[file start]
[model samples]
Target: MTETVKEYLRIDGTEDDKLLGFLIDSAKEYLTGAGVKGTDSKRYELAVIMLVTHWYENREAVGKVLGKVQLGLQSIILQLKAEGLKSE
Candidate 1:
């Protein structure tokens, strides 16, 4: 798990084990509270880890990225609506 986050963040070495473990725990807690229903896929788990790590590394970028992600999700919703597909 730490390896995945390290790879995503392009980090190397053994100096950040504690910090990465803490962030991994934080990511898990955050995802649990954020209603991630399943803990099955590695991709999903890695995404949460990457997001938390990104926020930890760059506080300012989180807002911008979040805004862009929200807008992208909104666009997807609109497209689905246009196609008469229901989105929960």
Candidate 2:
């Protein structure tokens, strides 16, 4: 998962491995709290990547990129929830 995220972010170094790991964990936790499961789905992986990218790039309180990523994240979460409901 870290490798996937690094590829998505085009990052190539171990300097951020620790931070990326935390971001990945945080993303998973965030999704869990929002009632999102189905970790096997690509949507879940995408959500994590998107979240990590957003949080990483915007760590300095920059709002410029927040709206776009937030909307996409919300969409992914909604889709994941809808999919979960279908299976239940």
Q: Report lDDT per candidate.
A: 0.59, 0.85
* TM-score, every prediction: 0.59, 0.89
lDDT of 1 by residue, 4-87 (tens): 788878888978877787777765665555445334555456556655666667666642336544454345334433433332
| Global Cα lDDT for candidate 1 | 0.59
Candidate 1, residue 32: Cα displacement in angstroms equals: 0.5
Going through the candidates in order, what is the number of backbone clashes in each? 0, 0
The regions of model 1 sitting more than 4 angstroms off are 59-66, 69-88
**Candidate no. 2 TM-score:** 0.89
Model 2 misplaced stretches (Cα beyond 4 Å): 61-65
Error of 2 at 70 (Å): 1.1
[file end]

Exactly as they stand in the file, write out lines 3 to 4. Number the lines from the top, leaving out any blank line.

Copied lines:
Candidate 1:
């Protein structure tokens, strides 16, 4: 798990084990509270880890990225609506 986050963040070495473990725990807690229903896929788990790590590394970028992600999700919703597909 730490390896995945390290790879995503392009980090190397053994100096950040504690910090990465803490962030991994934080990511898990955050995802649990954020209603991630399943803990099955590695991709999903890695995404949460990457997001938390990104926020930890760059506080300012989180807002911008979040805004862009929200807008992208909104666009997807609109497209689905246009196609008469229901989105929960």